Un­der­wa­ter star tak­ing a break

Kapi-Mana News - - SPORT - By KRIS DANDO

Emma Sy­monds won’t be lost to un­der­wa­ter hockey – she’s paus­ing just long enough to take a deep breath of air.

The Plim­mer­ton 18-year-old is in her first year of health science stud­ies at Otago Uni­ver­sity, com­ing to grips with life as a scarfie in the deep south.

The New Zealand un­der­wa­ter hockey rep­re­sen­ta­tive – and young sportswoman award win­ner at last year’s Porirua Sports Awards – is still ply­ing her trade in the Dunedin sports scene, but has backed off her na­tional am­bi­tions for now.

‘‘I am lov­ing the en­vi­ron­ment down here, but it’s way more full on than I ex­pected,’’ she said.

‘‘I’ve had to make a dif­fi­cult choice when it comes to putting all my time into study and trav­el­ling and play­ing un­der­wa­ter hockey.

‘‘ I’ll still play in the club champs this year, but I’m tak­ing time out when it comes to [play­ing for] New Zealand.

‘‘ It wasn’t an easy de­ci­sion be­cause this is the sport I’ve grown up with.’’

It means Sy­monds has ruled her­self out of el­i­gi­bil­ity for the un­der-19 world cham­pi­onships in Spain, where New Zealand will look to de­fend the ti­tle they won in Hun­gary in 2013.

But she has an eye on the elite world cham­pi­onships in South Africa next year, where the New Zealand women – in­clud­ing Porirua’s Elle Hock­ing – are also de­fend­ing cham­pi­ons.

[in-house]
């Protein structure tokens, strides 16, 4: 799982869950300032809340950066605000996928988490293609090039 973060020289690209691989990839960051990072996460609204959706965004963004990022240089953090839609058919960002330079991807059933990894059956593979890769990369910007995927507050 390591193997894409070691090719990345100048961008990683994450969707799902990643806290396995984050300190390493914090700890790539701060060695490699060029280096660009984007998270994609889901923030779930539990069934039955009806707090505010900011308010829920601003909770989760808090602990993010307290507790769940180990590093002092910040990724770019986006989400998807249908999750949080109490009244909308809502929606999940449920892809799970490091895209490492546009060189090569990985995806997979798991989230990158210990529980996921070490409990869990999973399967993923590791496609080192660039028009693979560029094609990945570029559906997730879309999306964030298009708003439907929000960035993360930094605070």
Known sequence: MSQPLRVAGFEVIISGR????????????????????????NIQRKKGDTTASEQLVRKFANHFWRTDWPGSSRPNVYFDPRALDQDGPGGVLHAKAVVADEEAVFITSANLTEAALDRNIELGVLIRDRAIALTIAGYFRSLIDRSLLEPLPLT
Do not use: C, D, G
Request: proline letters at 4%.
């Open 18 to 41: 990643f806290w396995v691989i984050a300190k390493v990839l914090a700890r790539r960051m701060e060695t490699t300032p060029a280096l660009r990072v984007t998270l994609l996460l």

‘‘I’ve given a lot to the sport in the past five or six years and while study­ing is im­por­tant, I can’t turn my back on un­der­wa­ter hockey. As long as I keep train­ing and play­ing reg­u­larly, I have a mas­sive chance of be­ing able to com­pete at that top level.’’

When the age group worlds are on in Spain in Au­gust, there won’t be a big­ger cheer­leader for the New Zealand teams than Sy­monds.

She plans to stream the games live on the in­ter­net and watch them, no mat­ter what the time.

She said that be­cause the Dunedin un­der­wa­ter hockey club scene was smaller, she had no choice but to play against men, and they don’t hold back.

‘‘It doesn’t mat­ter that I’m a girl. I’m treated equally in the wa­ter. It’s def­i­nitely more phys­i­cal and I’m com­ing away with a lot of bruises.’’

Sy­monds’ and Hock­ing’s big wins at the Porirua Sports Awards in Novem­ber are still fresh in her mind.

Her speech was un­pre­pared, be­cause she did not give her­self a chance of win­ning, but she said it was great to have their sport recog­nised.


For Emma Sy­monds, 2015 is more

about study­ing than un­der­wa­ter hockey.

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